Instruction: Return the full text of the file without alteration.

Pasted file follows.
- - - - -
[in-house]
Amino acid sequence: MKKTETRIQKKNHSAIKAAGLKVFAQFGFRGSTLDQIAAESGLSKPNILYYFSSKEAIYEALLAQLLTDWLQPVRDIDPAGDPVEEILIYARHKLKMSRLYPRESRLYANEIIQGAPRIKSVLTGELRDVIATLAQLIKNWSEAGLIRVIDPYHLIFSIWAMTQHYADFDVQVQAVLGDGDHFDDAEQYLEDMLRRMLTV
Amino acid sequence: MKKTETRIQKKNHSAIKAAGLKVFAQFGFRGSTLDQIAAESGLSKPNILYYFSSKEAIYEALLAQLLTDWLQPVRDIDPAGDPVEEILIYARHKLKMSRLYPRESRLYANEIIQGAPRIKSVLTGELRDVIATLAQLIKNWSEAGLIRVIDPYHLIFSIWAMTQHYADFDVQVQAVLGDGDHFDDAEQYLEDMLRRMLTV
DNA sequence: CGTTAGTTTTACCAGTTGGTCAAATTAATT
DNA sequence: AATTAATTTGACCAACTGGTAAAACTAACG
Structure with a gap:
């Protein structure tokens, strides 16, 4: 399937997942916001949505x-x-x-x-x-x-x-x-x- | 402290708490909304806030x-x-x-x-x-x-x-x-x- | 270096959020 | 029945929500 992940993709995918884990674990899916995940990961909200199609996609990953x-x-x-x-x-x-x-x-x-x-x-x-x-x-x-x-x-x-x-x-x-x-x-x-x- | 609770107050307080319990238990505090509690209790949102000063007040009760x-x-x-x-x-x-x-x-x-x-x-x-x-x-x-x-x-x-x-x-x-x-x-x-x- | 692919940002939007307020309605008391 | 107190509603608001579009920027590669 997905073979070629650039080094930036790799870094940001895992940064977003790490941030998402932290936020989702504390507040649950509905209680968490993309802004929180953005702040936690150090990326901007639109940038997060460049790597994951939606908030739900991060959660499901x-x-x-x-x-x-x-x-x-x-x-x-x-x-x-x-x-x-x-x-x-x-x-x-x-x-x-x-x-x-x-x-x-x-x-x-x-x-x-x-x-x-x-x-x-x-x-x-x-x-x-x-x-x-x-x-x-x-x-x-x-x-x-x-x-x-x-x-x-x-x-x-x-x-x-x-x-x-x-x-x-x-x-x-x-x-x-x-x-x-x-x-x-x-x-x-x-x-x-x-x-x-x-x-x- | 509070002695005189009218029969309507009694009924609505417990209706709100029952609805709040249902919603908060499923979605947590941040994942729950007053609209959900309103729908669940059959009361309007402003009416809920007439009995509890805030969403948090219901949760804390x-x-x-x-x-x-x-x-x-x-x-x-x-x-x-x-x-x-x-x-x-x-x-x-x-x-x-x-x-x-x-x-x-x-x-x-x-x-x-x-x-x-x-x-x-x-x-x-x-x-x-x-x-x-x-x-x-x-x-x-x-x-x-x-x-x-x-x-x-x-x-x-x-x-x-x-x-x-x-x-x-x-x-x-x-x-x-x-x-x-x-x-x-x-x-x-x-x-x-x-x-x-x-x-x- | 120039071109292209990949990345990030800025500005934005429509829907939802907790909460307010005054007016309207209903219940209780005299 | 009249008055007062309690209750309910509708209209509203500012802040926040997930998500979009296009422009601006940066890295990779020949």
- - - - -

[in-house]
Amino acid sequence: MKKTETRIQKKNHSAIKAAGLKVFAQFGFRGSTLDQIAAESGLSKPNILYYFSSKEAIYEALLAQLLTDWLQPVRDIDPAGDPVEEILIYARHKLKMSRLYPRESRLYANEIIQGAPRIKSVLTGELRDVIATLAQLIKNWSEAGLIRVIDPYHLIFSIWAMTQHYADFDVQVQAVLGDGDHFDDAEQYLEDMLRRMLTV
Amino acid sequence: MKKTETRIQKKNHSAIKAAGLKVFAQFGFRGSTLDQIAAESGLSKPNILYYFSSKEAIYEALLAQLLTDWLQPVRDIDPAGDPVEEILIYARHKLKMSRLYPRESRLYANEIIQGAPRIKSVLTGELRDVIATLAQLIKNWSEAGLIRVIDPYHLIFSIWAMTQHYADFDVQVQAVLGDGDHFDDAEQYLEDMLRRMLTV
DNA sequence: CGTTAGTTTTACCAGTTGGTCAAATTAATT
DNA sequence: AATTAATTTGACCAACTGGTAAAACTAACG
Structure with a gap:
């Protein structure tokens, strides 16, 4: 399937997942916001949505x-x-x-x-x-x-x-x-x- | 402290708490909304806030x-x-x-x-x-x-x-x-x- | 270096959020 | 029945929500 992940993709995918884990674990899916995940990961909200199609996609990953x-x-x-x-x-x-x-x-x-x-x-x-x-x-x-x-x-x-x-x-x-x-x-x-x- | 609770107050307080319990238990505090509690209790949102000063007040009760x-x-x-x-x-x-x-x-x-x-x-x-x-x-x-x-x-x-x-x-x-x-x-x-x- | 692919940002939007307020309605008391 | 107190509603608001579009920027590669 997905073979070629650039080094930036790799870094940001895992940064977003790490941030998402932290936020989702504390507040649950509905209680968490993309802004929180953005702040936690150090990326901007639109940038997060460049790597994951939606908030739900991060959660499901x-x-x-x-x-x-x-x-x-x-x-x-x-x-x-x-x-x-x-x-x-x-x-x-x-x-x-x-x-x-x-x-x-x-x-x-x-x-x-x-x-x-x-x-x-x-x-x-x-x-x-x-x-x-x-x-x-x-x-x-x-x-x-x-x-x-x-x-x-x-x-x-x-x-x-x-x-x-x-x-x-x-x-x-x-x-x-x-x-x-x-x-x-x-x-x-x-x-x-x-x-x-x-x-x- | 509070002695005189009218029969309507009694009924609505417990209706709100029952609805709040249902919603908060499923979605947590941040994942729950007053609209959900309103729908669940059959009361309007402003009416809920007439009995509890805030969403948090219901949760804390x-x-x-x-x-x-x-x-x-x-x-x-x-x-x-x-x-x-x-x-x-x-x-x-x-x-x-x-x-x-x-x-x-x-x-x-x-x-x-x-x-x-x-x-x-x-x-x-x-x-x-x-x-x-x-x-x-x-x-x-x-x-x-x-x-x-x-x-x-x-x-x-x-x-x-x-x-x-x-x-x-x-x-x-x-x-x-x-x-x-x-x-x-x-x-x-x-x-x-x-x-x-x-x-x- | 120039071109292209990949990345990030800025500005934005429509829907939802907790909460307010005054007016309207209903219940209780005299 | 009249008055007062309690209750309910509708209209509203500012802040926040997930998500979009296009422009601006940066890295990779020949």